Comparison of Cholinergic Vasodilator Responses to Acetylcholine and Methacholine in the Human Forearm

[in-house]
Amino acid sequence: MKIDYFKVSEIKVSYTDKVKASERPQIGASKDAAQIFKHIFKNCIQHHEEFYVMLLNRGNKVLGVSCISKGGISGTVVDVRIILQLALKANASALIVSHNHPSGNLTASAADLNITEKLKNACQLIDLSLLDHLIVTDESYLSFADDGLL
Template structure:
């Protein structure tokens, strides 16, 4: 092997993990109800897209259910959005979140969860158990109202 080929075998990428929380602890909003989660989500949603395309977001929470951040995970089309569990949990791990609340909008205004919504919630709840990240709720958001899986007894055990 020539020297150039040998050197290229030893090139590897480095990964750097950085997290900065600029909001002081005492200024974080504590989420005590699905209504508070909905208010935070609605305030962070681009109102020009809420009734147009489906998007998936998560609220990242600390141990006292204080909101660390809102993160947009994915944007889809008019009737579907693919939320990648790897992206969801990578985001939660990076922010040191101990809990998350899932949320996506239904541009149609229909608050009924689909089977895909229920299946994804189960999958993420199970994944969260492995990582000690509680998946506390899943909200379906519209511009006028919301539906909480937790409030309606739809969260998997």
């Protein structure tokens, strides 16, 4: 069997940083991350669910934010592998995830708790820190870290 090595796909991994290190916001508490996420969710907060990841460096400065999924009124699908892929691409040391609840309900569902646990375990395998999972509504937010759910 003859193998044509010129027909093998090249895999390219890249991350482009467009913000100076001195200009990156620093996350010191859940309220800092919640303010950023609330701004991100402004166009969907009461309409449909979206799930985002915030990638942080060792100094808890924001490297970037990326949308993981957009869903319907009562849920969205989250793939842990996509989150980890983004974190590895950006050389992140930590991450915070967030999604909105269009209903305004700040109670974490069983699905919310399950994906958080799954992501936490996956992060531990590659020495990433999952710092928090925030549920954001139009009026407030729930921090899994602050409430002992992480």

AbstractIn order to study the contribution of the nitric oxide (NO)-pathway to cholinergic vasodilatation in the resistance vessels of the human forearm, we infused acetylcholine (ACh; 0.1-1000 ng/kg/min) or methacholine (MCh; 0.1Ä100 ng/kg/min) in the presence of saline, the NO-scavener and guanylate cyclase inhibitor methylene blue (MB; 1000ng/kg/min), or the NO-synthase inhibitor N G -monomethyl-L-arginine (L-NMMA; 30 μg/kg/min) into the brachial artery of normotensive volunteers ( n = 32), using venous occlusion plethysmography. We calculated the plasma concentrations of the infused compounds to obtain EC 50 -values (-log mol/1). ACh and MCh both caused concentration-dependent vasodilatation (ECso-values of 6.43 & 0.05 and 7.24 * 0.08, respectively). MB (13 μmol/1) did not change basal forearm blood flow (FBF) when administered alone, but it markedly potentiated the vasodilator response to ACh, shifting the concentration-response curve (CRC) leftwards by 1.5 log-step ( p < 0.001). MB did not affect MCh-induced vasodilatation. L-NMMA (1 mmo1/1) alone caused dose-dependent vasoconstriction that was subject to tachyphylaxis. In addition. L-NMMA caused a steepening of the slopes of the CRCs of ACh and MCh. L-NMMA attenuated the ACh-/MCh-induced vasodilator responses in the lowest concentration ranges ( p < 0.05) only, but did not alter the response at higher concentrations. The 10-fold higher potency of MCh compared to ACh can be explained by the more rapid degradation of ACh by cholinesterases. The observation that high concentrations of L-NMMA only affect vasodilatation mediated by low concentrations of ACh or MCh, suggests a second mechanism in cholinergic vasodilatation, such as a direct effect on smooth muscle cells or the release of a relaxing factor other than NO.